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.22 bolt (Stevens Whippet) 
Length Overall Barrel Length Weight  Caliber Action Type Capacity
41" 16" .22 SS bolt, manual cocking 1
         I acquired this little rifle from a co-worker, several years ago. He was not a gun enthusiast, and had no idea what it was, or what to do with it. Initially, neither did I. The gun itself had been found with a number of other odds and ends, in the attic of a dead grandparent whose house was being cleaned out. He had offered to sell me a number of boxes of ammunition, found there, and just threw the gun in for nothing. The total cost was something like $25 for the gun and several hundred rounds of assorted calibers (mostly .38 special, and .44 magnum) of ammunition.
       The gun itself, seems to be an old single shot boy's rifle from at least sixty years ago. It looks like it would have been at home in a summer camp of those long ago days, when riflery was taught to all boys, as a part of their heritage, and a wholesome and useful outdoor skill. This is a single shot, bolt action rifle, with an external cocking piece at the rear of the bolt, in the manner of the old m1917 rifles. It has simple sights, and a simple action. This gun probably cost around $10-$15 when new, and would likely sell for about $60-$80 new, today, if such guns were still made.
        I have had quite a bit of harmless fun with this little rifle, and it takes me back to my own first gun - a Remington nylon 10 stocked model. Both are simple bolt action rimfires, which hold a single shot. Such a rifle teaches marksmanship, and patience. There is no quick follow up shot if you miss.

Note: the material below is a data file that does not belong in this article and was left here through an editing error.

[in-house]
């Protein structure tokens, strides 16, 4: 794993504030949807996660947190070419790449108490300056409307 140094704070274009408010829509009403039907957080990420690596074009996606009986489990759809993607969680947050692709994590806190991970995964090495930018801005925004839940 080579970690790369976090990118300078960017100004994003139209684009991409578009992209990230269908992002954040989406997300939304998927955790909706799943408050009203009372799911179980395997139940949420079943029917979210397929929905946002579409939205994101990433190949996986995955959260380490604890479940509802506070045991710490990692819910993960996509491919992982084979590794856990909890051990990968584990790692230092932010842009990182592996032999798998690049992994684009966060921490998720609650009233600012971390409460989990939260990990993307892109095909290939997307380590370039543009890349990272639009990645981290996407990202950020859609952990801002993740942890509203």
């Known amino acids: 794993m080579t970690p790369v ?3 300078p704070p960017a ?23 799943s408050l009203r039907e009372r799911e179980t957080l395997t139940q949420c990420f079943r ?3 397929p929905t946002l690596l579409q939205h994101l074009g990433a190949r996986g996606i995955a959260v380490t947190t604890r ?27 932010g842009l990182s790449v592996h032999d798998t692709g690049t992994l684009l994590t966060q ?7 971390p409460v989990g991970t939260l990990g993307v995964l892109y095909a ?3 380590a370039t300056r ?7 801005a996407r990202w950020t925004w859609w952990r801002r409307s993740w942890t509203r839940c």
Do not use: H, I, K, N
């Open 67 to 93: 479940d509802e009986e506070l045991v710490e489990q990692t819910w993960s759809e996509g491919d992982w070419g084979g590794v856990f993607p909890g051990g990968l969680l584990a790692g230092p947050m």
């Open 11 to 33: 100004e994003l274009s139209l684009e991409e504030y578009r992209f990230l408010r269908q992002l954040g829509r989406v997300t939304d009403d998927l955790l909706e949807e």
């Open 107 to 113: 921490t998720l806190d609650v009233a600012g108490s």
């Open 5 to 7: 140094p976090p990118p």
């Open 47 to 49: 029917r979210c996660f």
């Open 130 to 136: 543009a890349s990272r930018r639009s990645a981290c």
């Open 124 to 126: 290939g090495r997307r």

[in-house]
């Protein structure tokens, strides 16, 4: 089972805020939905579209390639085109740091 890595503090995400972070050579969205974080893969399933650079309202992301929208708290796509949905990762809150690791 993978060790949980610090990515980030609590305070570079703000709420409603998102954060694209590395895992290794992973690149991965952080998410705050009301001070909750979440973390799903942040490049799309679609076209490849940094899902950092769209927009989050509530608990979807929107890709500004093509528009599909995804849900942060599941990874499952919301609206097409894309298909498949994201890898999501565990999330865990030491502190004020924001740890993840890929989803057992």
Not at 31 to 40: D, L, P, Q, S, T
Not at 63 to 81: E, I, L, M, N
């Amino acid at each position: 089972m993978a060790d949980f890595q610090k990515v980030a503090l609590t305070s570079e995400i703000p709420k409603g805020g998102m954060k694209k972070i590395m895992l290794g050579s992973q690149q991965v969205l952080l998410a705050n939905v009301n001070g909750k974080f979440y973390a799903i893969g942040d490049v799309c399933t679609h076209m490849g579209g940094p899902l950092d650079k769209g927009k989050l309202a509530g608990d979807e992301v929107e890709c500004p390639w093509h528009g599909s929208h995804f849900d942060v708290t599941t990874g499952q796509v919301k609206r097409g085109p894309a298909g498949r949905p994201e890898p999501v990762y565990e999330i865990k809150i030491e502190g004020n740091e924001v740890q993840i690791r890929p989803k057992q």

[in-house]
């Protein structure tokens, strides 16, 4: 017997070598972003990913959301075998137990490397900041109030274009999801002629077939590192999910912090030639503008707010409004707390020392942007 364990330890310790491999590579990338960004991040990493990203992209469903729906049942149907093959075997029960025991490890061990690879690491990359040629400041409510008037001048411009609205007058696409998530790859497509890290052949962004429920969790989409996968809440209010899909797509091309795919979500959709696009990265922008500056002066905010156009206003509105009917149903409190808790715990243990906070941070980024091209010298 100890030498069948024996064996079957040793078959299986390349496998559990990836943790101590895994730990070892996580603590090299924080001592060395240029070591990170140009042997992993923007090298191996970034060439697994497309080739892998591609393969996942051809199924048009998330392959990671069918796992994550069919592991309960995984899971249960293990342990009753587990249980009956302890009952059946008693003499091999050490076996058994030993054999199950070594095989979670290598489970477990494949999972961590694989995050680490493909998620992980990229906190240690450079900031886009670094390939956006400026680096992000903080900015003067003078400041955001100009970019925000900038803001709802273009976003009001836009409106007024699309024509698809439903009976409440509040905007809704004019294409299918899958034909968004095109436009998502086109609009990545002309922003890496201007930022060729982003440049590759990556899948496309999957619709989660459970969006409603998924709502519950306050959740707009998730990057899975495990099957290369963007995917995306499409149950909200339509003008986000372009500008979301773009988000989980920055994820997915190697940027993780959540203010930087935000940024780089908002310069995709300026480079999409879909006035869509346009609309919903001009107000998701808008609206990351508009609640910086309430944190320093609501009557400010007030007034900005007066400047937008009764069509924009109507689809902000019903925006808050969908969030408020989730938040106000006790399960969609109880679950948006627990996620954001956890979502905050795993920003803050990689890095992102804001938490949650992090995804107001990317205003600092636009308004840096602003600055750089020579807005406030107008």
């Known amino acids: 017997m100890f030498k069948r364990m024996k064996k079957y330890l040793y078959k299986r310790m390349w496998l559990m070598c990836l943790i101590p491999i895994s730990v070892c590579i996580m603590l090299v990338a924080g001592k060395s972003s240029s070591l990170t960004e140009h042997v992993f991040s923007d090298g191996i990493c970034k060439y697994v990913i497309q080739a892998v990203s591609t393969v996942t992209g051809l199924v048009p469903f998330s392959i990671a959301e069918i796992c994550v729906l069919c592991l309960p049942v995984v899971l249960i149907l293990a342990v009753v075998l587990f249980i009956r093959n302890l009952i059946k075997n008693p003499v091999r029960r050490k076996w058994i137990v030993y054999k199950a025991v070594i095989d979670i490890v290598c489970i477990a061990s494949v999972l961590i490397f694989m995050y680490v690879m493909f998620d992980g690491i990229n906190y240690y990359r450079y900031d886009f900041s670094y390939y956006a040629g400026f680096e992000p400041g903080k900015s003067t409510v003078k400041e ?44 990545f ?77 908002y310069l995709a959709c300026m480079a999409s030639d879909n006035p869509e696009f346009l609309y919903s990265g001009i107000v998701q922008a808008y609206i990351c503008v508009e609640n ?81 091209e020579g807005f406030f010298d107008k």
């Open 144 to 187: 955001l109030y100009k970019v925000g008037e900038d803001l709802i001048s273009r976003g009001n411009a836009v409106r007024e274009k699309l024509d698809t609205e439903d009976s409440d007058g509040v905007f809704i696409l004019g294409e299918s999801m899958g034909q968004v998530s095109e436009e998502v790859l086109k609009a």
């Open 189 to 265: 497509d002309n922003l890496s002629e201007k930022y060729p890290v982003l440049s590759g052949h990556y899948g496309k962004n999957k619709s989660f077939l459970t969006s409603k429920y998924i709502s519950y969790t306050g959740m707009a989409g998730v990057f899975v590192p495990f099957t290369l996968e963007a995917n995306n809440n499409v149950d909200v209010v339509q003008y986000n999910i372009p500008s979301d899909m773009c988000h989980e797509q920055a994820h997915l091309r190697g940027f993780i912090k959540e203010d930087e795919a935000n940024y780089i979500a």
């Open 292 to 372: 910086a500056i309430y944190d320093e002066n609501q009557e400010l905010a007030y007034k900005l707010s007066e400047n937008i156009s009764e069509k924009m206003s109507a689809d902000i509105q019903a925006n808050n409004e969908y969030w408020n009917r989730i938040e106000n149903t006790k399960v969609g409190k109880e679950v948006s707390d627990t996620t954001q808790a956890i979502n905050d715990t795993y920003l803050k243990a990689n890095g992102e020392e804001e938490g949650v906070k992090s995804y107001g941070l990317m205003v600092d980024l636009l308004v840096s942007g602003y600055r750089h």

To fire this rifle, you pull the bolt handle up, and back. You then insert a cartridge, and push the bolt home, locking the handle down. The cocking piece on the back of the bolt, must then be pulled back, until it locks. You may then take aim, and fire. It is a very deliberate and leisurely way of firing a gun.
        There is no safety, and none is required, as long as the user is taught not to cock the piece, until ready to fire, and not to unlock the bolt while cocked. This cheap, and simple little gun, was probably the pride and joy of some 12 to 15 year old boy, a long time ago. The barrel markings read: "Whippet Model C .22 s, l, lr made by Stevens arms company". A little research indicates that this gun was produced before WWII, as a boy's rifle.